When Juliette Fontaine, formerly a doctor, is released from prison, her younger sister Léa invites her to stay with her family – including her husband, his mute father, and their two adopted Vietnamese daughters – in their home in the university town of Nancy in Lorraine. Why Juliette was in prison is revealed slowly throughout the film: first, that she was in prison for 15 years, then that her crime was murder, then that the victim was her 6-year-old son Pierre, and finally the reason why she killed him.
Léa, a college professor of literature, is considerably younger than Juliette. Because of the nature of Juliette's crime, their parents denied Juliette's existence and refused to allow Léa to visit her. In addition, Juliette had refused to speak throughout her trial. As a result, Léa knows nothing about the circumstances surrounding the crime and, when pressed for details, Juliette refuses to discuss what happened until the end of the film.
While struggling to find employment, Juliette enjoys platonic companionship with two men, a probation officer who understands how prison can damage the human spirit, and Michel, one of Léa's colleagues, who is sympathetic to her ordeal of having been imprisoned.
Gradually, Juliette begins to fit in with Léa and her family, makes friends, and finds a permanent job as a secretary at a hospital. She also develops a close relationship with her young nieces, much to the distress of their father, who is concerned about their safety while in their aunt's presence. Slowly, after seeing how she interacts with the family, he begins to accept her.
Juliette agrees to accompany Léa on a visit to their mother, who is confined to a nursing home with Alzheimer's disease. For a brief moment the woman recognizes and embraces her, remembering her as a little girl rather than the estranged daughter who murdered her grandson.
Léa accidentally discovers a clue to why Juliette killed Pierre. Juliette diagnosed her son as suffering from a fatal and painful disease. Léa confronts Juliette with what she learned, and Juliette explains that, when Pierre's condition progressed so that he could barely move, Juliette killed him with an injection, knowing that otherwise he would suffer unbearable pain. At the trial she spoke no word of defense or explanation, feeling that she deserved punishment for bringing her son into the world, condemned to die. After a cathartic, emotional scene between the two sisters, Léa looks at a window and comments on how beautiful the rain is. Juliette agrees, and the film ends with Juliette saying, "I am here."Kristin Scott Thomas as Juliette Fontaine
Elsa Zylberstein as Léa
Serge Hazanavicius as Luc
Laurent Grévill as Michel
Frédéric Pierrot as Capt. Fauré
Jean-Claude Arnaud as Papy Paul
Catherine Hosmalin as The Insertion Advisor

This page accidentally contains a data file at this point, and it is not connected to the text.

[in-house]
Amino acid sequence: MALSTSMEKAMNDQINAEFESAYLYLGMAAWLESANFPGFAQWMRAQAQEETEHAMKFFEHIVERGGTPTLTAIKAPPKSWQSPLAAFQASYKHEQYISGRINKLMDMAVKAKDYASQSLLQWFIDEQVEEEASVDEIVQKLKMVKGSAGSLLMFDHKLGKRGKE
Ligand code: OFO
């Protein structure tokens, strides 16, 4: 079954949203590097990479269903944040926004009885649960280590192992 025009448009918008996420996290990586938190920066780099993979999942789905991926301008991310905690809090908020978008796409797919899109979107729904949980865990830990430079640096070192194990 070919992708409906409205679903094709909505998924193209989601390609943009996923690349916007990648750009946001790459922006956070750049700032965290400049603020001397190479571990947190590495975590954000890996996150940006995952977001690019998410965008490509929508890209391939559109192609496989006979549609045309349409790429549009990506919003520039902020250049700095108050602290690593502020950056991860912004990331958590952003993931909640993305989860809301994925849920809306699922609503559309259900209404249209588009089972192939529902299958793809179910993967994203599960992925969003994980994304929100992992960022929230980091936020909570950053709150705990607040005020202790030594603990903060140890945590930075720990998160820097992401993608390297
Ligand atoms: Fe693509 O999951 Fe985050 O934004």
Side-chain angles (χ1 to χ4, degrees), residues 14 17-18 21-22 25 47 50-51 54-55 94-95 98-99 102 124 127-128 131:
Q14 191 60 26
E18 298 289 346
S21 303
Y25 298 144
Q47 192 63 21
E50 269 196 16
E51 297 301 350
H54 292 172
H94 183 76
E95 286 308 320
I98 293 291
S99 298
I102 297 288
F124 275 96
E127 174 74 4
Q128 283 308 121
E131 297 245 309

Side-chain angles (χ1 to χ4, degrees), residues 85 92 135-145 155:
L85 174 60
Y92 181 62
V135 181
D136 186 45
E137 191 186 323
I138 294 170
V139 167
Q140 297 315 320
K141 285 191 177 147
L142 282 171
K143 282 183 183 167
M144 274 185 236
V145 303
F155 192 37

Claire Johnston as Mother
Lise Ségur as P'tit Lys
Mouss Zouheyri as Samir
The film premiered at the Berlin International Film Festival on 14 February 2008 and opened in France and Belgium on 19 March. It was shown at the Telluride Film Festival, the Toronto International Film Festival, the Cambridge Film Festival, the Vancouver International Film Festival, and the Chicago International Film Festival before going into limited theatrical release in the US on October 24, when it opened on nine screens and earned US$72,205 on its opening weekend. It eventually grossed US$3,110,292 in the US and US$15,735,514 in foreign markets for a total worldwide box office of US$18,845,806.
Reviews for I've Loved You So Long were generally positive, earning a 88% freshness rating at Rotten Tomatoes based on 123 reviews. The consensus stated "I've Loved You So Long is a sublimely acted family drama as well as a noteworthy directorial debut from Phillipe Claudel." The film fared 79% worth of 28 generally favorable reviews amongst critics at Metacritic.
Critics noted the film's potentially problematic mixture of tones, as it veers between foreboding and sentimentality. A. O. Scott of the New York Times said, "Mr. Claudel’s practice of fading slowly to black between scenes, and the spidery tones of Jean-Louis Aubert’s score, create an atmosphere of mystery and dread that is both appropriate to the story and a little misleading. If I’ve Loved You So Long is not exactly a horror movie, it is nonetheless filled with fear and foreboding . . . This kind of narrative is familiar enough, and so are the risks of sentimental talk-show piety associated with it." He concluded, however, that the film has a "tough-minded resistance to the temptations of melodrama". Scott was not entirely convinced by the film's ending. He wrote, "A revelation comes near the end that is both tremendously moving and a bit disappointing, in the way that the solutions to great mysteries frequently are. This turn does not diminish the accomplishment of Ms. Scott Thomas’s deep, subtle and altogether stunning performance, but it does alter the scale of the movie, turning it into a more manageable, less existentially unsettling drama. Which is a relief, I suppose, but also a bit of a letdown."